Not long ago I had lunch with a former client, a successful young builder. Jim was brimming with health and energy. He told me that his business was doing so well that he could take time off to race cars at tracks around the country. Listening to him, it was hard to believe that just four short years ago Jim’s life was at a standstill, bogged down by lack of motivation and mental confusion.


Jim had completed another treatment program before coming to Health Recovery Center, but no one there had told him he couldn’t live on ice cream, coffee, and cigarettes. The intervening years had been miserable for him. He had resumed drinking. The more sugar and alcohol he used, the worse his cravings became. He was also subject to dramatic mood swings, complained of fatigue, and said he often felt too spacey to function. His intelligence and talent were obvious, but they were going to waste as he continued to drink.


Now the picture is quite different. Jim has been through some rough times since I first met him, including a painful divorce, but he has managed to weather it admirably. I asked him what has kept him sober over the years. “I never knew I could feel this good,” he replied. “Now that I do, I would be a fool to deliberately destroy myself by letting alcoholism take over again.” Even today, Jim continues to use the recovery strategy he learned at HRC. It has served him well. It can do the same for you.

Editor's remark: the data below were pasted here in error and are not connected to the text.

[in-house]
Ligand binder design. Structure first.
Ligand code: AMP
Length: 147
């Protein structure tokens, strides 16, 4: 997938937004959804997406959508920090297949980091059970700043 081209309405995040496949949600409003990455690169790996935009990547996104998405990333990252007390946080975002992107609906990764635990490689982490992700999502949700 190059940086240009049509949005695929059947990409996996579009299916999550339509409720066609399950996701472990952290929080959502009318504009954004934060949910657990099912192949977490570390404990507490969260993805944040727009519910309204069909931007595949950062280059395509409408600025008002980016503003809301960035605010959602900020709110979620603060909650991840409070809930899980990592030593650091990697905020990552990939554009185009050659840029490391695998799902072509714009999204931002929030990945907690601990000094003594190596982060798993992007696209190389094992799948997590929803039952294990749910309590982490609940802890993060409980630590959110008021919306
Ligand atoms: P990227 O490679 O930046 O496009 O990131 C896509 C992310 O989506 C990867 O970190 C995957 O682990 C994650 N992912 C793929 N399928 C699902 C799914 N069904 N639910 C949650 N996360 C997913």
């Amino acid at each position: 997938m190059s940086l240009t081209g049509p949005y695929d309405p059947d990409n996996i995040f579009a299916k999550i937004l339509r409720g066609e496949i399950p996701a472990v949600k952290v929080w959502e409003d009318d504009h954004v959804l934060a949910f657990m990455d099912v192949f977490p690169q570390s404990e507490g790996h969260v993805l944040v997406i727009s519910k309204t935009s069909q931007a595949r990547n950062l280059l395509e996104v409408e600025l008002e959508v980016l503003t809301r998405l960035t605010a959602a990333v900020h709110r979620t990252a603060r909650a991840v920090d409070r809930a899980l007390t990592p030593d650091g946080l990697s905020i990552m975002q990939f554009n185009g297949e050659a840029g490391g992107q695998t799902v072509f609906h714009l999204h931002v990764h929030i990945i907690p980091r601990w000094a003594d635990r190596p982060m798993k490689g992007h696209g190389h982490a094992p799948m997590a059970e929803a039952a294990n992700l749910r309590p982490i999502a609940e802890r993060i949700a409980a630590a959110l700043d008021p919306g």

If you have been making the changes I have recommended in this book, undoubtedly you too have begun to feel healthy and energetic. To prove to yourself how far you have come in six short weeks, I would like you to retest yourself for any current symptoms by again completing Health Recovery Center’s symptometer (Chart 11). Compare your new score with your score from Week One (Chart 3). The results will confirm the improvement in your health. You may still have a few lingering symptoms, but they will disappear gradually over the next few weeks or months as you follow your aftercare plan. In this section, I’ll give you the strategies you’ll need to maintain your sobriety and further improve your general health. And, at last, I’ll review HRC’s tested and effective plan for overcoming one last addiction-your dependency on nicotine. If you’re still smoking, the time has come to quit!


The relapse studies cited in Chapter l of Seven Weeks to Sobriety, demonstrate that more than 75 percent of alcoholics resume drinking only a year after treatment? Those formidable odds can defeat the incentive to depend on sheer willpower. But you have at your command powerful recovery tools that will enable you to beat those odds and continue on the path to renewed energy and health.


In the pages ahead you will find a plan to follow during this first crucial year. Like your repair program, you will need to personalize this regime to suit your individual needs. It encompasses physical, psychological, and personal-growth strategies you can use to maintain and build on the gains you have made in the past six weeks…